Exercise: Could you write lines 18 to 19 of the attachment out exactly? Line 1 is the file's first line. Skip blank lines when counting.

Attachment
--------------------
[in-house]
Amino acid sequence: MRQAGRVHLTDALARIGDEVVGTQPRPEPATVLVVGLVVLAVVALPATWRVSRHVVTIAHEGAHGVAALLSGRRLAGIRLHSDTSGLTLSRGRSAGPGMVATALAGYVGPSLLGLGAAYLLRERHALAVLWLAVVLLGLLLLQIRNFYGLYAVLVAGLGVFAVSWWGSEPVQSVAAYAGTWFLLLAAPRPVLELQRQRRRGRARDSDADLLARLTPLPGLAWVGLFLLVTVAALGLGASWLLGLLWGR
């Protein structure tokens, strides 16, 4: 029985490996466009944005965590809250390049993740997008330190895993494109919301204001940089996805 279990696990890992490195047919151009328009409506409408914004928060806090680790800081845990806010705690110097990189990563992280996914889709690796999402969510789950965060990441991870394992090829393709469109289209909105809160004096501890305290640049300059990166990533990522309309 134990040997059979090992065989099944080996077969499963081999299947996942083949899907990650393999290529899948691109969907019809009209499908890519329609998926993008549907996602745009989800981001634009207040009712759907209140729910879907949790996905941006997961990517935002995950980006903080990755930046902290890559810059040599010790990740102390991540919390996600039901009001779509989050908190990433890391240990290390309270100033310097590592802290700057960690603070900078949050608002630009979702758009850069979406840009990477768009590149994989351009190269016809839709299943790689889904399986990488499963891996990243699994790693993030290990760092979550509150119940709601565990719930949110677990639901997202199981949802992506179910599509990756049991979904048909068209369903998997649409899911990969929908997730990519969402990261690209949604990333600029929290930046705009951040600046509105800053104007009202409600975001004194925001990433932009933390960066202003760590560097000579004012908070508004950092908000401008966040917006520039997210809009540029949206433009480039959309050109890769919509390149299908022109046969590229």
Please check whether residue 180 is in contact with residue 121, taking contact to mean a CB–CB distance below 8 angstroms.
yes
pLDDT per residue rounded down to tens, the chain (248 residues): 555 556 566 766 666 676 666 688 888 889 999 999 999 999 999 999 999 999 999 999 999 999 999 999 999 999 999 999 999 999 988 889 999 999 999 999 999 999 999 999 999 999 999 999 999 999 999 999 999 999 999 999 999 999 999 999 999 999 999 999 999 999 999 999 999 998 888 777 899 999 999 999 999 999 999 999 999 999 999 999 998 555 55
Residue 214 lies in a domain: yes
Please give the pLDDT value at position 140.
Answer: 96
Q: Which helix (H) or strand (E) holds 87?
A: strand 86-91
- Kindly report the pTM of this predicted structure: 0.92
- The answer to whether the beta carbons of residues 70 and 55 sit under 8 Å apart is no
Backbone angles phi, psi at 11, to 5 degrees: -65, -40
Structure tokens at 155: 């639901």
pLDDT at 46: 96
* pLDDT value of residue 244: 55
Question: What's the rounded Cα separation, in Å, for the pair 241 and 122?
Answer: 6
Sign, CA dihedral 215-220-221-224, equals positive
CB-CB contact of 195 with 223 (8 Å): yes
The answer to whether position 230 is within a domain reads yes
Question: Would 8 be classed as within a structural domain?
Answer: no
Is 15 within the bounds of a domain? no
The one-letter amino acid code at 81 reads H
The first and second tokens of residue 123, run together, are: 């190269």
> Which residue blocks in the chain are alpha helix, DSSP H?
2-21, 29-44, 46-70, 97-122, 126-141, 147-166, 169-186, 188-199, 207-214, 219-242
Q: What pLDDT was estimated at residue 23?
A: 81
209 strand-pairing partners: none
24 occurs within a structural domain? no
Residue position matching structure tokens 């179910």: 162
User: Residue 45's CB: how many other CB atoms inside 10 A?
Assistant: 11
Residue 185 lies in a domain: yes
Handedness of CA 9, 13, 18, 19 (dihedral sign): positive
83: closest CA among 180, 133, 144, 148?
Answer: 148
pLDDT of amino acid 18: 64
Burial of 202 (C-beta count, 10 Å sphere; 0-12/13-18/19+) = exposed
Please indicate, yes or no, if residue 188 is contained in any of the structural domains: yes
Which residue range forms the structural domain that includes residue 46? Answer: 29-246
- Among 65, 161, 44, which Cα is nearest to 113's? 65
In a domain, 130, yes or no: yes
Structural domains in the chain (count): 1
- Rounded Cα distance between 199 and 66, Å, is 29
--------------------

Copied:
Question: What's the rounded Cα separation, in Å, for the pair 241 and 122?
Answer: 6